When Jackie Hamilton thinks about the upcoming college football season and her son — Kyle, a sophomore defensive back at Notre Dame — her routine concerns about the safety of the sport are joined by a new fear: covid-19.
Notre Dame plans to test all players every week for the novel coronavirus, and Hamilton said in a phone interview this week she believes the school is doing everything it can to keep her son safe. But what about Arkansas — Notre Dame’s opponent for its home opener in September — where players are getting tested only if they have symptoms or learn they were near an infected person?
“Do I want my child on the field, tackling some kid who may have it but doesn’t know because he’s asymptomatic?” said Hamilton, a human resources manager from suburban Atlanta. “How is that supposed to work?”
Nor is she stupid.
Mya Hinton, a retired lawyer, expressed concern college athletic departments are prioritizing their financial well-being over the health and safety of football players by barreling forward with their normal schedule in the middle of a pandemic.
“The reality is, the whole reason we’re having this conversation is money. These football programs, especially in the Power Five [conferences], fund the majority of the other sports, and the majority of everyone’s salaries,” Mya Hinton said. “There’s a ton of money involved here, and that’s not a secret.”
I don’t understand how this is expected to work, either. Even if Georgia, for example, is doing everything in its power to take care of its players and doing that well, what good with that do when the Dawgs play a team that isn’t? What’s Butts-Mehre going to do if an opponent refuses to disclose health details about its players during the week before the game?
And it’s going to have to be Georgia that makes the call. The NCAA won’t.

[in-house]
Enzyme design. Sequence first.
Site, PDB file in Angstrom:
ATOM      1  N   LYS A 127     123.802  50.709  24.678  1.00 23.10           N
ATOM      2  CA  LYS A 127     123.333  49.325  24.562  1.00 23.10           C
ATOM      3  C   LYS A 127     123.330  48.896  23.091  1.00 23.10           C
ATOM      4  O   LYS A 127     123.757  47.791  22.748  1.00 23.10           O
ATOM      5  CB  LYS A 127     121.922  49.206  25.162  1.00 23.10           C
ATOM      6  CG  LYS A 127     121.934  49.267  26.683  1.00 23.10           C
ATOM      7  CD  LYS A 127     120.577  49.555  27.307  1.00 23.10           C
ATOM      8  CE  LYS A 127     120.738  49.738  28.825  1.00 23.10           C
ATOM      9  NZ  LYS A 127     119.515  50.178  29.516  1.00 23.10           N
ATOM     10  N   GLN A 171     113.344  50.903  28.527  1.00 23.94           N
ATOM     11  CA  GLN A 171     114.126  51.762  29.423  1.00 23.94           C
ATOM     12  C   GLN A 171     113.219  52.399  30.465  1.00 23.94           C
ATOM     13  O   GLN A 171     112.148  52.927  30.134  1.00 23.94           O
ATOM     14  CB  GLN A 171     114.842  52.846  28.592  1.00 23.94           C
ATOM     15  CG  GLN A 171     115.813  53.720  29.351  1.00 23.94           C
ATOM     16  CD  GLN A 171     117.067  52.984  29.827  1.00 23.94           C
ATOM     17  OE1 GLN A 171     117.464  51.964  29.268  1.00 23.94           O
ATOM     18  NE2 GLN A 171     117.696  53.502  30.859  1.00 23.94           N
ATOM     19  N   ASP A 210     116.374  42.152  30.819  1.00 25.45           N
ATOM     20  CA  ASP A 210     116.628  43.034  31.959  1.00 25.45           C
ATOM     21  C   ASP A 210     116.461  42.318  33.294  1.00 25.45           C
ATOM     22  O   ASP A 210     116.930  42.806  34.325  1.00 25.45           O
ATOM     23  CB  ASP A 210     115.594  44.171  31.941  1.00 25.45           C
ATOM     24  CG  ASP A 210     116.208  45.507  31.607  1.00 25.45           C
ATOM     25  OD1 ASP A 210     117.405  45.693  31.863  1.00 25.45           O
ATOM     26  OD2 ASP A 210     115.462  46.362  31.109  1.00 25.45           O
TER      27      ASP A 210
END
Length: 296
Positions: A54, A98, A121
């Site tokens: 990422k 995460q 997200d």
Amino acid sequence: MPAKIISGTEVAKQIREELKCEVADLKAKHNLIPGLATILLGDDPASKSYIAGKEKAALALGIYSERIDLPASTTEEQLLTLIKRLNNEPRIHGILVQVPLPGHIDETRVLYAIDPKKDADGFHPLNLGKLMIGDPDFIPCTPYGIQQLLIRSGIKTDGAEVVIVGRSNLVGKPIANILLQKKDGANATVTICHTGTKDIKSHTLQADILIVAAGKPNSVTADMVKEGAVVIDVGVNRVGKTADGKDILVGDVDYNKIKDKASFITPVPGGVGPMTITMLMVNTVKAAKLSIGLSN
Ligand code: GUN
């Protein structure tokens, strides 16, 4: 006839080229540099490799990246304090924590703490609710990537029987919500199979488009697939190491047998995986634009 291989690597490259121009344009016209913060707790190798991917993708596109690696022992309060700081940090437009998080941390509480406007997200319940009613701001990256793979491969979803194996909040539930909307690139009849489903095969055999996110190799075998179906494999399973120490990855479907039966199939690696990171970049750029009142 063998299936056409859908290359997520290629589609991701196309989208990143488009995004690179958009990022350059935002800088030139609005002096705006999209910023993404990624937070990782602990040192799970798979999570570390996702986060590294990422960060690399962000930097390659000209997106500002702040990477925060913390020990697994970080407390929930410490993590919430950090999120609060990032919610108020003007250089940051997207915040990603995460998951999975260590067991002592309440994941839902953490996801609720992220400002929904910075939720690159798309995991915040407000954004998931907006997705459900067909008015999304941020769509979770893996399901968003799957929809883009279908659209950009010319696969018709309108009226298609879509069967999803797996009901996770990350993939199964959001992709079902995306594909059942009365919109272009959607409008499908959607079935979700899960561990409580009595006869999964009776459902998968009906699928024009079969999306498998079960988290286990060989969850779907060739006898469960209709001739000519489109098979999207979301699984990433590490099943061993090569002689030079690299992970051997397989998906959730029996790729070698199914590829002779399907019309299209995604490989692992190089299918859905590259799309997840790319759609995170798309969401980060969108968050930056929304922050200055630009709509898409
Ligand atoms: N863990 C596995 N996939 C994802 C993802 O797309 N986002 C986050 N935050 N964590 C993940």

On June 10, the Hintons sent an email to every athletic director and president at a Division I school, as well as to the NCAA, outlining their concerns.
“Why is it when it comes to transfer rules, profiting from name image and likeness, or eligibility requirements the NCAA can find a ‘size 7′ that every school can comfortably fit but comprehensive safety guidance for Covid-19 is delegated to the individual schools,” the Hintons wrote. They requested the creation of a parent advisory committee that would have input on safety policies with the NCAA, as well as with each of the football conferences.
Nine days later, the Hintons received a letter from Emmert. Initially, they were excited the NCAA chief had responded. Until they read the letter.
“It didn’t really address anything we asked for,” Chris Hinton said. “I thought it was pretty generic and somewhat dismissive.”
“As a parent, I empathize with you on the importance of knowing more about the environments your sons could be going back to,” Emmert wrote. “Our role is to provide guidance … State and local protocols around COVID-19 vary based on each school’s location … As such, it is the responsibility of each campus to do all they can to support and preserve the health of student-athletes.”
Too bad nobody’s paying the kids to be exposed. Emmert no doubt would find cause to jump in then.
And the kids themselves?
“Virtually every conversation I have about college sports, anywhere, boils down to this: The athletes have no voice or representation,” Nevius said, “And they’re the ones taking all the risks.”
They can’t. Don’t mess this up, Georgia.